I should explain that last statement. In Legends of Alyria, characters are developed for the storymap by the group. Only after they are established are players actually given characters to control. So, once we had nailed down the characters that were involved, we handed them out to players. James got Tuttle, Gabrielle took Pat, Raquel took Saffron, and I ended up with Sirius.
Maybe I’m channeling all the noir that I’ve been consuming recently, but the storymap did seem like a classic noir. Here’s the MacGuffin (the Plum), and here are all the characters who want it. Worked out quite well, too.
We started off with a simple priming event: Tuttle is having second thoughts about giving the Plum to Pat. Saffron disagrees, because she wants the money. Go!
Things spiked quite rapidly, thanks to James. He said that Tuttle would want to return their initial payment to Pat, what with Tuttle being honorable and all that. In our first conflict of the game, he and Saffron argued about this. James won the conflict and narrated how Tuttle pretended to back down and then tied up Saffron when she wasn’t expecting it. So, Tuttle goes off to tell Pat the bad news.
After stashing the Plum somewhere (as yet undetermined), Tuttle tells Pat of his decision. We rapidly end up in a conflict, with Pat trying to intimidate Tuttle. At this point, I explain how a player can spend Inspiration or Corruption to buy the victory in a conflict and how that has to impact narration. So, James pays a point of Corruption for the win. Gabrielle doesn’t cancel him, so he wins. Tuttle isn’t cowed by Pat, but he lies to Pat, saying that Saffron has the Plum and didn’t want to give it up. So Pat leaves to find Saffron.
In the meantime, Sirius and his patrol find Saffron. They recognize her as having been involved in the heist, and they decide that she can lead them to Tuttle and the Plum. Saffron tries to use her feminine wiles on Sirius, but doesn’t succeed…yet.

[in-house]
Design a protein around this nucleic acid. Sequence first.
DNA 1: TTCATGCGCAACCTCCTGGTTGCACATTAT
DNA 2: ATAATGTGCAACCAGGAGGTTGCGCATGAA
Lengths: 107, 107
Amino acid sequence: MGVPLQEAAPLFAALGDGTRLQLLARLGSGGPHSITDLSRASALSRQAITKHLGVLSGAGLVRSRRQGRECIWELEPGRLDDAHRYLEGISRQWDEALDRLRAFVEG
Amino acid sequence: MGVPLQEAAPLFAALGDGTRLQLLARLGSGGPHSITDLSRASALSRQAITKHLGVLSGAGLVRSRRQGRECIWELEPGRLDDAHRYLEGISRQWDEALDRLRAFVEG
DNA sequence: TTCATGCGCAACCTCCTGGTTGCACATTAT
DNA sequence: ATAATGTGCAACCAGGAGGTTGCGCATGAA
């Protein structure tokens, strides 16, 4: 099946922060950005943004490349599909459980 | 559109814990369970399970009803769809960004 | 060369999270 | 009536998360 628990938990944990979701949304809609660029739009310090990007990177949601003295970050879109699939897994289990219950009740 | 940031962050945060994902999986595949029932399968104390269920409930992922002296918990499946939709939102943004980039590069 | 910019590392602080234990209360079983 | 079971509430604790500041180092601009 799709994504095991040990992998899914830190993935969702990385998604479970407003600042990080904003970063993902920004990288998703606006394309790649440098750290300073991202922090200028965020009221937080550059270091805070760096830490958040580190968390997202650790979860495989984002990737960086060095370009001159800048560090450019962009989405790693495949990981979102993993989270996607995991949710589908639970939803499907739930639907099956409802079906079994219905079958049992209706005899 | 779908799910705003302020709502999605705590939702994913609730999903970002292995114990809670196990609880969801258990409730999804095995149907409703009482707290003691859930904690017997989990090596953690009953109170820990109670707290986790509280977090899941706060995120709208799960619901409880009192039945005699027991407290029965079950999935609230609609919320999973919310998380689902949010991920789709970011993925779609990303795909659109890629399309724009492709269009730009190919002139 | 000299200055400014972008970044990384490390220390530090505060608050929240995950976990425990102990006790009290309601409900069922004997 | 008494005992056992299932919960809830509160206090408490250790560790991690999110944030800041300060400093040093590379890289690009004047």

Right as the patrol is about to move out, Pat shows up and starts getting rowdy. A brief firefight breaks out, with Sirius delivering the final blow from his power gauntlets which ripped the floor out from under Pat, dropping it onto a platform below, stunning her. Then Sirius and his patrol moved out, taking Saffron with them.
At this point, Sirius made Saffron guide them to a place where Tuttle might be hiding. We decided that the conflict would be if Tuttle was aware of their arrival and was not caught flat-footed. Tuttle won handily and was already in hiding by the time that the patrol arrived at the building where he had been hiding. Sirius was displeased and sent his patrol out to scour the area for Tuttle.
Now that he was alone, Saffron pulled out all the stops, trying to gain the emotional upper hand over Sirius. She was wildly successful. She went to the door, locked it, and turned around, making her bedroom eyes. We cut away at that point, but we were all pretty sure that we knew what happened.
In the meantime, Sirius’ patrol hunted for Tuttle and eventually captured him. Right as they were dragging Tuttle in front of Sirius and Saffron, Pat tapped into Tuttle’s mind, trying to find the location of the Plum. Tuttle managed to fight off the incursion but collapsed in an unconscious heap, bleeding from his ears.
Sirius, accompanied by Saffron, took Tuttle down to the Citadel to torture him. However, Tuttle stayed strong in the face of the torment. He looked Sirius in the face and said, “I know what I’m fighting for. What are you fighting for?” Then he clapped Sirius on both sides of the head, stunning him. Then he ripped out the electrical cables from the chair and used them to attack his guards, making good on his escape.
In the hallway, he found Saffron with a couple of guards. Together, they overcame the guards and headed back into the Web. It’s important to note that Tuttle did not know that Saffron had betrayed him.
Meanwhile, Pat went back to its hut. Putting his affairs in order, he then set fire to her hut, killing itself. All that was left was a smoldering hole.
Saffron managed to worm her way back into Tuttle’s good graces, so he told her where he had stashed the Plum: right inside Pat’s hut.
Saffron supported Tuttle as he limped towards Pat’s hut. When they arrived and saw the destruction, Saffron revealed her true colors. Without a word, she released Tuttle, who fell to the ground, and walked away into the Web. Tuttle, grieviously wounded, crawled to the edge of the hole and looked down. With his last breath, he prayed for Sirius, that he would have a change of heart.
In the Citadel below this part of the Web, Sirius walked alone. In a small park he found the wreckage of Pat’s hut. Within the rubble was a glowing orb, but, when he picked it up, it crumbled into fine sparkling dust. For a moment, Sirius looked up at the Web and, past it, to the sky. Then he continued on his way, deep in thought.
And thus ended the story.
A word on protagonism